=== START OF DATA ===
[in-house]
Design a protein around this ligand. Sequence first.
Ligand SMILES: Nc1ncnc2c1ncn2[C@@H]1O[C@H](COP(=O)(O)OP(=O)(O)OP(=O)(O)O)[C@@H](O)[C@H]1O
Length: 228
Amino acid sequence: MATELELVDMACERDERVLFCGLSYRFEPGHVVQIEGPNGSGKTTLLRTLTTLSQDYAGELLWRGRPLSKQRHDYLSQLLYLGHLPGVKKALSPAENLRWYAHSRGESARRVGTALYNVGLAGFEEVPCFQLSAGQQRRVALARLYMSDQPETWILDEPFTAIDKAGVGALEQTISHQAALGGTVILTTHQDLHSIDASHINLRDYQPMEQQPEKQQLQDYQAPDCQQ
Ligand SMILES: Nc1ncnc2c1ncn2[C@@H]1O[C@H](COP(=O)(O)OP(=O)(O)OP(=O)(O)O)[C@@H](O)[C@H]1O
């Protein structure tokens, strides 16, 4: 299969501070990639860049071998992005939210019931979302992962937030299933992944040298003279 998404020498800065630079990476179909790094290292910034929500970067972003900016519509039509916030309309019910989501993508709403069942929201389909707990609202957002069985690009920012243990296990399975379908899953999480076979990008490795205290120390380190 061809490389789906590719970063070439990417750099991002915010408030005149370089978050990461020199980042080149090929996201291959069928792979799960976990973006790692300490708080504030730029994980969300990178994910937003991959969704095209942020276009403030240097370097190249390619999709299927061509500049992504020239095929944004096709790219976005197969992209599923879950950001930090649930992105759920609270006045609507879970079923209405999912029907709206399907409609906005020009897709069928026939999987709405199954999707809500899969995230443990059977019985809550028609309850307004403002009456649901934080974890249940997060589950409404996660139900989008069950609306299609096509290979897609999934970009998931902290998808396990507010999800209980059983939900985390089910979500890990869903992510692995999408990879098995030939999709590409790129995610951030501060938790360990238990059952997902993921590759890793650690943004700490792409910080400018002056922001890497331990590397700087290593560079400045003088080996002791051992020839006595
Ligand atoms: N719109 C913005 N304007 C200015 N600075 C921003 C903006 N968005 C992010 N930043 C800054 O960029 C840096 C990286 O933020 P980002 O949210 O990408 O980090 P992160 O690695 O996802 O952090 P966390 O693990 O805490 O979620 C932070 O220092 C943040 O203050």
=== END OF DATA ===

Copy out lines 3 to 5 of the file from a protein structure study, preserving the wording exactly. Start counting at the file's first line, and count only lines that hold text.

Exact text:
Ligand SMILES: Nc1ncnc2c1ncn2[C@@H]1O[C@H](COP(=O)(O)OP(=O)(O)OP(=O)(O)O)[C@@H](O)[C@H]1O
Length: 228
Amino acid sequence: MATELELVDMACERDERVLFCGLSYRFEPGHVVQIEGPNGSGKTTLLRTLTTLSQDYAGELLWRGRPLSKQRHDYLSQLLYLGHLPGVKKALSPAENLRWYAHSRGESARRVGTALYNVGLAGFEEVPCFQLSAGQQRRVALARLYMSDQPETWILDEPFTAIDKAGVGALEQTISHQAALGGTVILTTHQDLHSIDASHINLRDYQPMEQQPEKQQLQDYQAPDCQQ